In 1957, Helena Rubinstein introduced her Mascara-Matic, a cream mascara in a dramatically new applicator. Rubinstein called it an automatic mascara because the mascara was picked up ‘automatically’ by the applicator. The term was picked up by other cosmetic companies when they released their versions of this product on the market but quickly depreciated in the 1960s. Today, these automatic applicators are simply known as mascaras.
The Mascara-Matic combined a reservoir of cream mascara with a grooved applicator built into a screw top cap. As the applicator was withdrawn it was pulled through a central opening that acted both as a seal to reduced evapouration and as a wiper to remove superfluous mascara. The applicator itself was a metal rod with grooves to trap mascara when the rest of the rod was wiped clean.
The amount of mascara remaining on the metal rod/wand after it was withdrawn was very important; too little made applying the mascara very tedious; too much and the eyelashes would stick together.
The mascara formula Rubinstein used in the Mascara-Matic appears to have been the one she used in her earlier Waterproof Mascara based on a licence she obtained from Helene Vierthaler Winterstein [1900-1966]. The use of a volatile solvent reduced the possibility of bacterial contamination – an issue with this type of mascara – but also affected the selection of materials used in the container. Solvent-based mascaras are very prone to evaporation so a good seal was needed to help reduce this. Also, as many plastics are degraded by solvents, or allow solvents to permeate through them, the mascara was stored in an inert glass vial within the metal case.
See also: Liquid and Cream Mascara
Rubinstein’s Mascara-Matic applicator was covered by patent (U.S. patent No. 3,033,213) but its design owed much to an earlier patent developed by Oscar and Egon Wurmböck of Munich, Germany (U.S. patent No. 3,363,635) which had been acquired by Rubinstein. Fortunately for Rubinstein an earlier patent taken out by Frank L. Engel Jr. in 1939 (U.S. patent No. 2,148,736), had long since expired.
It should also be noted that the Mascara-Matic was not the first cream mascara to use an inbuilt applicator. In 1939, Parfum Ronni, Inc. of New York released a cream mascara into the American market that had a saw-shaped applicator attached to the lid. It appears to have disappeared within a few years. The reason for its disappearance is unknown but America’s entry into the Second World War in December, 1941 may have been a factor.
One of the selling points for the Mascara-Matic was that it was brushless. However, the grooved metal applicators/wands were far from satisfactory. The Scoville Manufacturing Company came up with a compromise of rod and comb but within a few years most automatic mascaras had switched to using a spiral wire brush, the first of which was Maybelline’s Magic Mascara introduced in 1958.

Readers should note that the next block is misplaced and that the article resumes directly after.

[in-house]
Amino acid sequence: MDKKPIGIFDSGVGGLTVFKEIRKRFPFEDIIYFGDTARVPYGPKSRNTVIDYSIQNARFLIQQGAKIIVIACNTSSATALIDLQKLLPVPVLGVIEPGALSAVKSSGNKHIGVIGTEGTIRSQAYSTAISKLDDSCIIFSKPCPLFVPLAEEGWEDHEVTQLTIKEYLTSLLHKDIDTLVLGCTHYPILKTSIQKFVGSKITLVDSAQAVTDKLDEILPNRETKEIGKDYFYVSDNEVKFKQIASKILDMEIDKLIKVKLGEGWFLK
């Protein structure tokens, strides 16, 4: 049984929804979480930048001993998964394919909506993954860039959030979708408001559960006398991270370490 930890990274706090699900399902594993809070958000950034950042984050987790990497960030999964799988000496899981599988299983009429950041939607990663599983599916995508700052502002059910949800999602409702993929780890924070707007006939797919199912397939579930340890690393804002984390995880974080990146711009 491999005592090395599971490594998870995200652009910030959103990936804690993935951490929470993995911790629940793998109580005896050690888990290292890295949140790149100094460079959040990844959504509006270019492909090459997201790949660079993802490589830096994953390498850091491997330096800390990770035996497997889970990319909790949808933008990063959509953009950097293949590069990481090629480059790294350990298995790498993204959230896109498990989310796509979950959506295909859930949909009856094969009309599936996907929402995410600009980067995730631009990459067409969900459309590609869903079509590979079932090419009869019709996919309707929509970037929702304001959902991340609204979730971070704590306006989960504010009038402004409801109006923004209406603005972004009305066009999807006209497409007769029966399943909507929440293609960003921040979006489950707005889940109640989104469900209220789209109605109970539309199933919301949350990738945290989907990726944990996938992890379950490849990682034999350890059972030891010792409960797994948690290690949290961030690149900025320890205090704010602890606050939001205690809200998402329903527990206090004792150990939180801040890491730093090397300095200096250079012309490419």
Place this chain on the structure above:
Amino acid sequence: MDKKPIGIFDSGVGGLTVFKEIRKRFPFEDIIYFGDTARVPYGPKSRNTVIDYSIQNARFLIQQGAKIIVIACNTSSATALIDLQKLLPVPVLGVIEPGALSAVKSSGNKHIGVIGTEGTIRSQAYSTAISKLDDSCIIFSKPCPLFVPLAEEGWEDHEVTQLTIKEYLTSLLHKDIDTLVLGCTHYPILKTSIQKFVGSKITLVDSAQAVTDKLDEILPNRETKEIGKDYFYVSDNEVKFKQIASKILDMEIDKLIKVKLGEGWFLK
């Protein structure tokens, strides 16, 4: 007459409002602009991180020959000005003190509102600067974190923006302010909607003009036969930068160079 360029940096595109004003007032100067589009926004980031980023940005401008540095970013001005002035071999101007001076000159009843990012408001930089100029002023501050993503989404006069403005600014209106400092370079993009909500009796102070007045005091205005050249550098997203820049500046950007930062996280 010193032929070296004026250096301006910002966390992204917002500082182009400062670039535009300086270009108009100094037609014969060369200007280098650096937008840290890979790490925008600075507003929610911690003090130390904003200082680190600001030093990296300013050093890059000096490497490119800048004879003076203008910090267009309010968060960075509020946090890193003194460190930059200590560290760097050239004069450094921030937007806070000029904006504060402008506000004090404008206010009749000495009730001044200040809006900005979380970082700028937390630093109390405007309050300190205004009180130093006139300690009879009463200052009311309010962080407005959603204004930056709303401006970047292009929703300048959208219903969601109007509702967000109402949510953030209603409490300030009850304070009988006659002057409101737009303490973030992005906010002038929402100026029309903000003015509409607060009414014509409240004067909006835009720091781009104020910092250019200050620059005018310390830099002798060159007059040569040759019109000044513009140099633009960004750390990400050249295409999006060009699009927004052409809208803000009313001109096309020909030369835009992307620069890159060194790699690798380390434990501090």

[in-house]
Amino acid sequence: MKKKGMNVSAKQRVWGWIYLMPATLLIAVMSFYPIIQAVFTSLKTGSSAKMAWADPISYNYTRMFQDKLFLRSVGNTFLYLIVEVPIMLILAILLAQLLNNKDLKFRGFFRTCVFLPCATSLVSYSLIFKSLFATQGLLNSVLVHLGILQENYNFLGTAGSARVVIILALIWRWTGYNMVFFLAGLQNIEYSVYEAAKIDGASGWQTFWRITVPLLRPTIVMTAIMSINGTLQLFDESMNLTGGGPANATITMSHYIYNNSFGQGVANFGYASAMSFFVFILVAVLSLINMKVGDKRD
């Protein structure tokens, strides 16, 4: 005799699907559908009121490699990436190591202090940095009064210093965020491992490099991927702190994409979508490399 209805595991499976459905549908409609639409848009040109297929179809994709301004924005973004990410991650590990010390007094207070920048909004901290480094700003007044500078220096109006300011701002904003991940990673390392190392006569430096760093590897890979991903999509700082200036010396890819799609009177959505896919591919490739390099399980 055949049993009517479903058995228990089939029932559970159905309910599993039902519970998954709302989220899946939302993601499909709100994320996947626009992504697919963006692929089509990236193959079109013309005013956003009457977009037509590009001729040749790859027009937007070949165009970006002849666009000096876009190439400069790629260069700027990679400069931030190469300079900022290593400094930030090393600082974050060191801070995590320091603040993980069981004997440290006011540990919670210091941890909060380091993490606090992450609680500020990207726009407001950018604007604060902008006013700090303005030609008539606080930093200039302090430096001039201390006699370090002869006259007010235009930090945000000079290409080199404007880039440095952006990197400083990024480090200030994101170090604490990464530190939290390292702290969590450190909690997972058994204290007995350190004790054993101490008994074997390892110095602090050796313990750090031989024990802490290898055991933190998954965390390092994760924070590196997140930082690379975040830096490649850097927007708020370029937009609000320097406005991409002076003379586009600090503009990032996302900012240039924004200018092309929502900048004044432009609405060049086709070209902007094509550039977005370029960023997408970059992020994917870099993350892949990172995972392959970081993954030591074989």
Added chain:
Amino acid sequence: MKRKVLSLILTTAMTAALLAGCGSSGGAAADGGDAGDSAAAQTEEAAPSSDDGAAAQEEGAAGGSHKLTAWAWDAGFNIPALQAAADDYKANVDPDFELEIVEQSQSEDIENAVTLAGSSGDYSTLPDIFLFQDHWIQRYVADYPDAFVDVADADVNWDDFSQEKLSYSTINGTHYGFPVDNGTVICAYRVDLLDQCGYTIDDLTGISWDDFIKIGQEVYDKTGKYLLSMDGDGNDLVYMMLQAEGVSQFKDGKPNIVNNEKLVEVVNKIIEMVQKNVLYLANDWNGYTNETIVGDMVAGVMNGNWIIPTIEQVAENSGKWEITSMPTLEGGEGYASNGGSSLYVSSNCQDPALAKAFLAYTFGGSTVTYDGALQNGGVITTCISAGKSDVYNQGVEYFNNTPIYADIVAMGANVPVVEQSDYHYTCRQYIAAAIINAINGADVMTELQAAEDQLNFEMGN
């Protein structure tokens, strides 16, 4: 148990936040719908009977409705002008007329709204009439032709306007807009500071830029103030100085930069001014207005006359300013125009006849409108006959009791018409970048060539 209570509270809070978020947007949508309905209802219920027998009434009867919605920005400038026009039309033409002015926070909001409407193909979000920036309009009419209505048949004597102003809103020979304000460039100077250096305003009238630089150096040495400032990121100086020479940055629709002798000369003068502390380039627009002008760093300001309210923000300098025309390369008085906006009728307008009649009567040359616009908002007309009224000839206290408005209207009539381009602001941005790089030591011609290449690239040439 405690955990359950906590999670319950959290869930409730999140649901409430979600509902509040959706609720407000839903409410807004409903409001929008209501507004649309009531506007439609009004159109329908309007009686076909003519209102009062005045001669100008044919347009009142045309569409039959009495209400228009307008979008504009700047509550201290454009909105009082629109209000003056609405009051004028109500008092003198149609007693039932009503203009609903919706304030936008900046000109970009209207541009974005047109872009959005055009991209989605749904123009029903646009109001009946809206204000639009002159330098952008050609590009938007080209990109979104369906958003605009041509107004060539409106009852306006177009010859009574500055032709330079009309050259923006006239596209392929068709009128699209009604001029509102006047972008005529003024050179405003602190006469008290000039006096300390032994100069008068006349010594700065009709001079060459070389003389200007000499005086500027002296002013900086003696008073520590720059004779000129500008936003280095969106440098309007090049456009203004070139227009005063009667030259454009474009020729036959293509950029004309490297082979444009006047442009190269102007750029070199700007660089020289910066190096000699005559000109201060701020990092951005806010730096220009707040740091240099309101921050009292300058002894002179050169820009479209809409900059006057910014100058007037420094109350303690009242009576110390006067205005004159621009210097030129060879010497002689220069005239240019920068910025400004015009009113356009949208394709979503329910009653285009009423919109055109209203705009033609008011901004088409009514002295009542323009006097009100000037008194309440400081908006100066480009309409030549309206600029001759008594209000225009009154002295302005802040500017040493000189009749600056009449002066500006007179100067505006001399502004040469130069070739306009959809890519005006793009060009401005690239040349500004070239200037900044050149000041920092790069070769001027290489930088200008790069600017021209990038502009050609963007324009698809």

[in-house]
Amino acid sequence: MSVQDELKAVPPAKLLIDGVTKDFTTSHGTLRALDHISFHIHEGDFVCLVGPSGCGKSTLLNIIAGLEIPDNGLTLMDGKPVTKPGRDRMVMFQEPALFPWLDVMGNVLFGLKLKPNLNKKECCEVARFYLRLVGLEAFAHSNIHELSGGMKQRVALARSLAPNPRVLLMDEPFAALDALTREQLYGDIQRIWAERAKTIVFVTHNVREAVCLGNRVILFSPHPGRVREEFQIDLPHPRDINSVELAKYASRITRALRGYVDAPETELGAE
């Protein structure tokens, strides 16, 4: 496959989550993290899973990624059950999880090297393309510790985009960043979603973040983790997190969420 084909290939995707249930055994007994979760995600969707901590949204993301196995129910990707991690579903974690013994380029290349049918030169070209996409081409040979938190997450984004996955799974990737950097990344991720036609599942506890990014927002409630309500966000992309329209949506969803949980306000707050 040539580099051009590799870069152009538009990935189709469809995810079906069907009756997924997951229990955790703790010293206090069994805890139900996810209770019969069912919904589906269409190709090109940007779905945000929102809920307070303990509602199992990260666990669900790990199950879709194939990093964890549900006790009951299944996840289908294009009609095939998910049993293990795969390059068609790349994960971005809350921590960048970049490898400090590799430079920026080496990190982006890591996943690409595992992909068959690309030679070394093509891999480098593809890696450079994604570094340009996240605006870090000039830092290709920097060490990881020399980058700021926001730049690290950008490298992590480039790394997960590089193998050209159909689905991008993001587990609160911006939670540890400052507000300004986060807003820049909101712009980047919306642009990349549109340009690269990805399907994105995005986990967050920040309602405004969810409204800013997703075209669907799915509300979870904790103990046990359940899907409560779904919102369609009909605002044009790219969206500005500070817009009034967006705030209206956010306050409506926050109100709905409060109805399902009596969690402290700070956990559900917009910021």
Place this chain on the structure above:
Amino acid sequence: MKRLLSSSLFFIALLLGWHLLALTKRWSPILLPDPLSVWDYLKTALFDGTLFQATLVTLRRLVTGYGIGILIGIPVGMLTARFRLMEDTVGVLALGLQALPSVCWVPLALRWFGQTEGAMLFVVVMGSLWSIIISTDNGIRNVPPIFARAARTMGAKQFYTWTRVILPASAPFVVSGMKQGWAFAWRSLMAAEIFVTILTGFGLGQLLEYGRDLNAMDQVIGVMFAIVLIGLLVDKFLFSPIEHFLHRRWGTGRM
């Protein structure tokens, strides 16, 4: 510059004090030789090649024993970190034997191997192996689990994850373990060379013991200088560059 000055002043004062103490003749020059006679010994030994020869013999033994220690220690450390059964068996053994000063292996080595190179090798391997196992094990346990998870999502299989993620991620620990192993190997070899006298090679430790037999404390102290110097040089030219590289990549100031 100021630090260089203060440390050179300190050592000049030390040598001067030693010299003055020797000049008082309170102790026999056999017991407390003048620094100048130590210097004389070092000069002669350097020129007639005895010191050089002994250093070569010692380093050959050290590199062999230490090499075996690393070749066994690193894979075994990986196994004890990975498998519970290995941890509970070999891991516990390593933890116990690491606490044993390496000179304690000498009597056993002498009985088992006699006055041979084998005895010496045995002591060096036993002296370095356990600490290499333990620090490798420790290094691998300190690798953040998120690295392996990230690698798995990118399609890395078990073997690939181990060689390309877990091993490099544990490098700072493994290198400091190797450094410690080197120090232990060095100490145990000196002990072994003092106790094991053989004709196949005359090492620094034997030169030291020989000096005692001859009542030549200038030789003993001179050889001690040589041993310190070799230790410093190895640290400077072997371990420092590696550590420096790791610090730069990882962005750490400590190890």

Spiral wire brush applicators contained bristles, typically made of a synthetic material like nylon, inserted between bent wire that was twisted around to make the brush. These had been used to apply mascara before, most notably by National Cosmetics in its Modern Mascara released in 1937. This used a spiral wire brush to lift and apply mascara from a hollow, cylindrical, cake mascara; not a cream formulation as found in the later automatic forms.
See also: Cake Mascara
The shape of the brush, the bristle shape and the bristle count were important to the functioning of the mascara. For example, brushes with higher bristle counts tended to pick up more mascara, resulting in a thicker application, while those with lower bristle counts were better at separating the lashes. A large number of different shapes were developed including: straight, curved, spiral, tapered and spherical. This range increased dramatically when technical advancements in moulded plastics enabled manufacturers to develop precisely engineered brushless. Current automatic mascara wands come in a wide variety of shapes, sizes and colours with brush fibres that vary in hardness, length and shape.
As in the past, formulations used in automatic mascaras can be loosely divided between those that are waterproof and those that are water-resistant. Water-resistant mascaras are typically water-based emulsions. These deliver a substantial film to the lashes that lasts throughout the day, while still being relatively easy to remove with soap and warm water. Longer lasting mascaras are generally made as anhydrous waterproof formulations using hydrocarbon solvents and anhydrous raw materials. As they contain no water these mascaras are very durable and resist tears, perspiration and smearing, but are more difficult to remove and potentially more irritating to the eyes. It is also possible to create intermediate forms between these two extremes by combining hydrocarbon solvents with emulsions.
The creamy nature of automatic mascara made it easy to introduce a wide range of additives into the formulations. An early example of this was the inclusion of fibres in lash-lengthening mascaras. The first of these that I know of was Helena Rubinstein’s Long Lash Mascara which included nylon fibres. When applied, the fibres extended beyond the natural ends of the eyelashes thereby lengthening them. A downside was that they could be very irritating if they came in contact with the eyes.
(parts by weight) Beeswax 27.00 Ozokerite 75/78°C 4.00 Stearic acid XXX 2.00 Preservative 0.25 Inorganic pigments 7.00 Triethanolamine 0.70 Aluminium stearate 2.50 Rayon fibers 5.00 Hydrocarbon solvent 38-48°C) q.s. 100
Other developments include the addition of hollow particles to create a thicker film, synthetic or natural polymers to induce a curling effect on the lashes, waterproofing topcoats, lash primers and the use of brightly coloured and pearlescent materials (Draelos, 2010, p. 192).
19th January 2018
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